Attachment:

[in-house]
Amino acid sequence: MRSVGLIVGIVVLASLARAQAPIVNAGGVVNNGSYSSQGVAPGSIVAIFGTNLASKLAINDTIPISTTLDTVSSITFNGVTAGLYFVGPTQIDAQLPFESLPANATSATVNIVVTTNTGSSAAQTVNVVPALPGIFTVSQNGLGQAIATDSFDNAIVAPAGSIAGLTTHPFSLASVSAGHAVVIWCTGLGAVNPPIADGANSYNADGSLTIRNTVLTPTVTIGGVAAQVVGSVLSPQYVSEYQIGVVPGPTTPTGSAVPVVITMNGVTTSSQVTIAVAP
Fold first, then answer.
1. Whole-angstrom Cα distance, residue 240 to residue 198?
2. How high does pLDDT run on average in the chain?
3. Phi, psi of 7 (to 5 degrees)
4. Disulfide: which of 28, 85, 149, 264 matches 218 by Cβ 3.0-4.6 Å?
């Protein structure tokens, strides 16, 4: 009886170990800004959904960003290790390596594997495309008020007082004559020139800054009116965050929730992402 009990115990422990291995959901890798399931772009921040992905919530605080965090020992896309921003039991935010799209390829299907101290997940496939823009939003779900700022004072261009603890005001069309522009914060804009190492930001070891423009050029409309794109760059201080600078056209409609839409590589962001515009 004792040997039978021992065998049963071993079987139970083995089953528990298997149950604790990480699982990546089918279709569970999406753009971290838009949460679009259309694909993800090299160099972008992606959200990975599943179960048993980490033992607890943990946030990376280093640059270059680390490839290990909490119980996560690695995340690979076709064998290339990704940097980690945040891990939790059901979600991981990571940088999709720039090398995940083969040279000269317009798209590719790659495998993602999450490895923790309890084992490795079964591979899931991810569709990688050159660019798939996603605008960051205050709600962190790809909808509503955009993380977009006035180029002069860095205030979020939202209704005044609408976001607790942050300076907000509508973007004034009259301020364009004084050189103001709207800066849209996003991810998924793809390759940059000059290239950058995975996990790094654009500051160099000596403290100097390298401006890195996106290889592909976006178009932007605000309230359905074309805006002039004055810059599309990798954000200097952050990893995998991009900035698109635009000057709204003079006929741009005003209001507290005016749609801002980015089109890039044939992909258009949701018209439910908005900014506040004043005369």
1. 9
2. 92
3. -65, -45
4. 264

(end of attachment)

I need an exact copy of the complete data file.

[in-house]
Amino acid sequence: MRSVGLIVGIVVLASLARAQAPIVNAGGVVNNGSYSSQGVAPGSIVAIFGTNLASKLAINDTIPISTTLDTVSSITFNGVTAGLYFVGPTQIDAQLPFESLPANATSATVNIVVTTNTGSSAAQTVNVVPALPGIFTVSQNGLGQAIATDSFDNAIVAPAGSIAGLTTHPFSLASVSAGHAVVIWCTGLGAVNPPIADGANSYNADGSLTIRNTVLTPTVTIGGVAAQVVGSVLSPQYVSEYQIGVVPGPTTPTGSAVPVVITMNGVTTSSQVTIAVAP
Fold first, then answer.
1. Whole-angstrom Cα distance, residue 240 to residue 198?
2. How high does pLDDT run on average in the chain?
3. Phi, psi of 7 (to 5 degrees)
4. Disulfide: which of 28, 85, 149, 264 matches 218 by Cβ 3.0-4.6 Å?
């Protein structure tokens, strides 16, 4: 009886170990800004959904960003290790390596594997495309008020007082004559020139800054009116965050929730992402 009990115990422990291995959901890798399931772009921040992905919530605080965090020992896309921003039991935010799209390829299907101290997940496939823009939003779900700022004072261009603890005001069309522009914060804009190492930001070891423009050029409309794109760059201080600078056209409609839409590589962001515009 004792040997039978021992065998049963071993079987139970083995089953528990298997149950604790990480699982990546089918279709569970999406753009971290838009949460679009259309694909993800090299160099972008992606959200990975599943179960048993980490033992607890943990946030990376280093640059270059680390490839290990909490119980996560690695995340690979076709064998290339990704940097980690945040891990939790059901979600991981990571940088999709720039090398995940083969040279000269317009798209590719790659495998993602999450490895923790309890084992490795079964591979899931991810569709990688050159660019798939996603605008960051205050709600962190790809909808509503955009993380977009006035180029002069860095205030979020939202209704005044609408976001607790942050300076907000509508973007004034009259301020364009004084050189103001709207800066849209996003991810998924793809390759940059000059290239950058995975996990790094654009500051160099000596403290100097390298401006890195996106290889592909976006178009932007605000309230359905074309805006002039004055810059599309990798954000200097952050990893995998991009900035698109635009000057709204003079006929741009005003209001507290005016749609801002980015089109890039044939992909258009949701018209439910908005900014506040004043005369």
1. 9
2. 92
3. -65, -45
4. 264